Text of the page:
Gay American Citizens Can Now Sponsor Foreign-Born Spouses for Green Cards, Ending Immigration Nightmare

In a groundbreaking and historic ruling, the Supreme Court of the United States has placed itself on the right side of history and found Section 3 of the Defense of Marriage Act (DOMA) to be an unconstitutional exercise of federal authority and a violation of the equal protection guarantee of the U.S. Constitution in a 5-4 decision authored by Justice Kennedy.  Originally signed into law by President Bill Clinton in 1996, DOMA has denied lawfully married gay and lesbian couples from the benefits and protections of more than 1,100 federal provisions.  These wide-ranging benefits include all of immigration law and the right of an American citizen to sponsor his or her spouse for a green card and to file a fiancé(e) visa petition to bring his or her partner to the United States.


Writing for the Court, Justice Kennedy stated unequivocally that,

“The federal statute is invalid, for no legitimate purpose overcomes the purpose and effect to disparage and injure those whom the State, by its marriage laws, sought to protect in personhood and dignity.  By seeking to displace this protection and treating those persons as living in marriages less respected than others, the federal statute is in violation of the Fifth Amendment.”

The DOMA Project has filed over 70 green card and fiancé(e) visa petitions for same-sex couples since its inception in 2010.  The sole basis for denial by the United States Citizenship and Immigration Services (USCIS) was Section 3 of DOMA.  After today’s ruling, that obstacle has, at long last, been removed.

Lavi Soloway, gay rights attorney and co-founder of the DOMA Project, offers his view on the ruling:

“Today’s historic ruling puts millions of lesbian and gay Americans and their families on equal footing under federal law.  By ending the discrimination against married same-sex couples, the Supreme Court has extended the promise of equality granted by the U.S. Constitution to all Americans regardless of sexual orientation.  Beginning today, lesbian and gay Americans will be able to file green card petitions for their foreign-born spouses and fiancé(e) visa petitions to bring their partners to the United States. The federal government will no longer stand in the way of lesbian and gay binational couples who seek nothing more than to build a life together in the United States.  The Supreme Court’s ruling is the culmination of years of the tireless efforts of courageous and determined couples who stood up for the right to be together, and fought back against a government that sought to tear apart their families.  We expect the U.S. Citizenship and Immigration Services to begin approving green card petitions for married lesbian and gay couples immediately.”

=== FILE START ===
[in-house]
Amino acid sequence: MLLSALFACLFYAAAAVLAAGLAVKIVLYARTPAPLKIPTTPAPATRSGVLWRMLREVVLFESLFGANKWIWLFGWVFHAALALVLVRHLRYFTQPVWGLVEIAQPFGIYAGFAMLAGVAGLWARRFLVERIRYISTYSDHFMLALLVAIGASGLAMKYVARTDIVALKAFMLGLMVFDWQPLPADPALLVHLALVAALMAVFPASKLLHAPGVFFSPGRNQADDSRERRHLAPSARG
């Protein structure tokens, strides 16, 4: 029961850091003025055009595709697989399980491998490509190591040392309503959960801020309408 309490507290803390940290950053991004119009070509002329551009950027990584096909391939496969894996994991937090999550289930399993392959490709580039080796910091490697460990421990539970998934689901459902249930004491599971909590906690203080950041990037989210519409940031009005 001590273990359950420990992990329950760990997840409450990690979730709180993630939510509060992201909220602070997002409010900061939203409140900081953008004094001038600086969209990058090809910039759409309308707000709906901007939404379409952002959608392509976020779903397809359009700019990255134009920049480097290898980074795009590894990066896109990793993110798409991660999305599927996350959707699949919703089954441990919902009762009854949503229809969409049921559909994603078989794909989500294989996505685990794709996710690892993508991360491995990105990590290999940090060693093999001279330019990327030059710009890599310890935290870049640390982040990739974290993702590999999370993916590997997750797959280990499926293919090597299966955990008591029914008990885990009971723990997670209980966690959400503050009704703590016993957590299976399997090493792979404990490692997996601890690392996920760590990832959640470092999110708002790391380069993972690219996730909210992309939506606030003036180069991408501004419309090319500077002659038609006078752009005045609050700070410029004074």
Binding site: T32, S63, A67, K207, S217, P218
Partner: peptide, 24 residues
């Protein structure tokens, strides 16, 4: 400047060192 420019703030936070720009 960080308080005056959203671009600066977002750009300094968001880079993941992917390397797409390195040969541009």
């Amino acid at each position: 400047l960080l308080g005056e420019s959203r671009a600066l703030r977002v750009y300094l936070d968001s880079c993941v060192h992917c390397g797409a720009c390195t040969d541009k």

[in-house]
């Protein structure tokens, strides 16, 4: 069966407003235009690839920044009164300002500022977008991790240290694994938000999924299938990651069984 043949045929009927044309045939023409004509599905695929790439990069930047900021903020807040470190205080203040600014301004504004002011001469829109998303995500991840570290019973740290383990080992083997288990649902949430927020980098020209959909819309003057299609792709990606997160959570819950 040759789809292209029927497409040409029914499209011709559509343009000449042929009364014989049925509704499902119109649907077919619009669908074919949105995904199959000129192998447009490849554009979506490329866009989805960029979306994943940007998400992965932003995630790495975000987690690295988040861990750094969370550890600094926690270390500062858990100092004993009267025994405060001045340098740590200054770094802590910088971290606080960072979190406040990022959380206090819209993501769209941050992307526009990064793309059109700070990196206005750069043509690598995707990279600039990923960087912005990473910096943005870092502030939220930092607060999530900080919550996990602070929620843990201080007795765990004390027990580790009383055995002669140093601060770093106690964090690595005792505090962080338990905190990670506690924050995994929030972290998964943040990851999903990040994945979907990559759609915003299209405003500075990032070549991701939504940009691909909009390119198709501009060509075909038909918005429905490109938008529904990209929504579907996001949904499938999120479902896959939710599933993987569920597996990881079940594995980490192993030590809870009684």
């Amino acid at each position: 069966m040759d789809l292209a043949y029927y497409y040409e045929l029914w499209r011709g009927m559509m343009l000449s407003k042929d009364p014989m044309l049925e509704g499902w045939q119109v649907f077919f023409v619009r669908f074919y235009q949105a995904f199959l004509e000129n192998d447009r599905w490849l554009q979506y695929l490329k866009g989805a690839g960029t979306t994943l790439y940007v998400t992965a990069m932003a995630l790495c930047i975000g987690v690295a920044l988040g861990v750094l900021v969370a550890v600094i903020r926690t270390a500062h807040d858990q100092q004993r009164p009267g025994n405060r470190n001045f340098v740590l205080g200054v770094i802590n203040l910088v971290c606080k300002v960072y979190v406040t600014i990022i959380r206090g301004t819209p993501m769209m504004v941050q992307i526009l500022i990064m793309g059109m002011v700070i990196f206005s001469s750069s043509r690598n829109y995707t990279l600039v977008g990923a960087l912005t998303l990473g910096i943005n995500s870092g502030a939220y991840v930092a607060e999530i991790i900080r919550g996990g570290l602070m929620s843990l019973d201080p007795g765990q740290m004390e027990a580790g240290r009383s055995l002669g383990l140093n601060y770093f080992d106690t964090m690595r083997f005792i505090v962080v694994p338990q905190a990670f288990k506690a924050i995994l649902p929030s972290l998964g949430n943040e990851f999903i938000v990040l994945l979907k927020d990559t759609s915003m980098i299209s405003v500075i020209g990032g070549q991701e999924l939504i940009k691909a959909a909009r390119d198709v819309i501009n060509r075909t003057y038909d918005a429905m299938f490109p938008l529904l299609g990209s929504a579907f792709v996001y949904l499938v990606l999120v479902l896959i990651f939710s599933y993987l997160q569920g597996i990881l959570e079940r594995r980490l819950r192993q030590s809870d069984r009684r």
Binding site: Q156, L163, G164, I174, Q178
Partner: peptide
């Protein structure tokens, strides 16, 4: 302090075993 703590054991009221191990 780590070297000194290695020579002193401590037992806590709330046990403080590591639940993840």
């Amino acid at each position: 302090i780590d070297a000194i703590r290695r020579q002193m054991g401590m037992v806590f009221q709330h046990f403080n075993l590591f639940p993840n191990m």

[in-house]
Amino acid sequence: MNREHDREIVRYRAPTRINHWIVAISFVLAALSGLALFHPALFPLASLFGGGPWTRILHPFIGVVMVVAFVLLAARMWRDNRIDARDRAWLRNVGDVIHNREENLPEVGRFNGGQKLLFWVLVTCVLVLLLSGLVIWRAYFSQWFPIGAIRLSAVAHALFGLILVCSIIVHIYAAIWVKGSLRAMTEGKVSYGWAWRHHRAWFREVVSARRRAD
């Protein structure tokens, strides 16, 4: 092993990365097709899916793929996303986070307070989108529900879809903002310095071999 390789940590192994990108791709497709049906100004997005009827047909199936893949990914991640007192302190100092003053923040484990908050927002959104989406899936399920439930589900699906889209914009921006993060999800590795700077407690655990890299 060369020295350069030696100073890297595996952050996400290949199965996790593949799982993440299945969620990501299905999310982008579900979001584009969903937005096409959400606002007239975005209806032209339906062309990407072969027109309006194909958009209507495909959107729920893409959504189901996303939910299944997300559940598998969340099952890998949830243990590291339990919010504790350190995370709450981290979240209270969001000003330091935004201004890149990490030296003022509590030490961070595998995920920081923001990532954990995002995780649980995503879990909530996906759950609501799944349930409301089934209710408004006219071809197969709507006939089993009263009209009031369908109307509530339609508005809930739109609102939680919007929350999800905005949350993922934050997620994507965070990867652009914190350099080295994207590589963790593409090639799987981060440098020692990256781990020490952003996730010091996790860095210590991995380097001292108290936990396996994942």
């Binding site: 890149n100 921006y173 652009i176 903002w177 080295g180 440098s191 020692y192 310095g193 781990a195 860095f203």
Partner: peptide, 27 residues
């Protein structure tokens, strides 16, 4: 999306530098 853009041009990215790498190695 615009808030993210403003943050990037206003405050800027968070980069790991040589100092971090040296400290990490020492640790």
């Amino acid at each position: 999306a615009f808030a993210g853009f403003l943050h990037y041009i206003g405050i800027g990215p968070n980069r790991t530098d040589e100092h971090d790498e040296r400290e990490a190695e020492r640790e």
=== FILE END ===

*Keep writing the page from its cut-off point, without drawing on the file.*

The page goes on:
The defeat of DOMA effectively means the end to deportation of spouses of gay and lesbian Americans who will now be eligible for green cards. It will reunite same-sex couples who have been torn apart and forced to live in separate countries, including many cases in which parents have been separated from their minor children, and it will end the exile of gay and lesbian Americans who have been forced to live abroad in order to be with the person they love.  With Section 3 of DOMA gone, our family-based immigration laws will now treat all families equally, regardless of sexual orientation.

The following couples are available for interviews and press:

Brian & Alfonso

San Francisco / Bay Area, CA

Donna & Dana

Los Angeles, CA

Shaun & John

Los Angeles, CA

Judy & Karin

San Jose, CA

Catriona & Cathy and their 3 children

Boulder, CO

Paul & Michael

Snowmass Village, CO

Daniel & Yohandel

Miami, FL

Andi & Sveta

Macomb, IL

Lujza & Joy

Lexington, KY

Caroline & Laurie

Somerset, MA

Anton & Marco


Anton: Madison Heights, MI

Marco: Italy

Brad & Christian


Brad:  Kalamazoo, MI

Christian:  Uruguay

Becky & Sanne and their daughter

Asheville, NC

Ed & Tim


Ed: Durham, NC

Tim: Cairo, Egypt

Margie & Janice

Waxhaw, NC

Ben & Dario

Elizabeth, NJ

Jennifer & Rachel

Secaucus, NJ

Enzo & Juan

New York City, NY

Luke & Brandon

New York City, NY

Glen & Tom

New York City, NY

James & Daniel

New York City, NY

Eric & Reinaldo

New York City, NY

Jesse & Maximiliano

Exiled to London, England

From: New York City, NY

Tom & Emilio

Exiled to Ontario, Canada

From: New York City, NY

Frédéric & Mark and their 4 children

Harrisburg, PA

Brian & Anton

Philadelphia, PA

Jon & Sergio

Providence, RI

Sarah & Emma and their baby son

Exiled to the Chapel-en-le-Frith, UK

From: Tiverton, RI

Andy & Achim

Exiled to Germany

From: Nashville, TN

Jennifer & Elizabeth

Houston, TX

Steven & Ricardo and their baby son

Tukwila, WA

For more information about any couple listed above or our campaign, and to schedule an interview, please contact Project Associate Derek Tripp or Lavi Soloway, attorney and co-founder of The DOMA Project.

Lavi Soloway, Attorney and Co-Founder - Phone: 323-599-6915  

Derek Tripp, Project Associate - Phone: 646-535-3788


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This is a pro-bono project of the law firm of Masliah & Soloway, PC. Posts on this website are offered for informational purposes only and do not constitute legal advice. The law firm of Masliah & Soloway, PC has offices in New York and Los Angeles. Our practice is limited to U.S. Immigration & Nationality Law.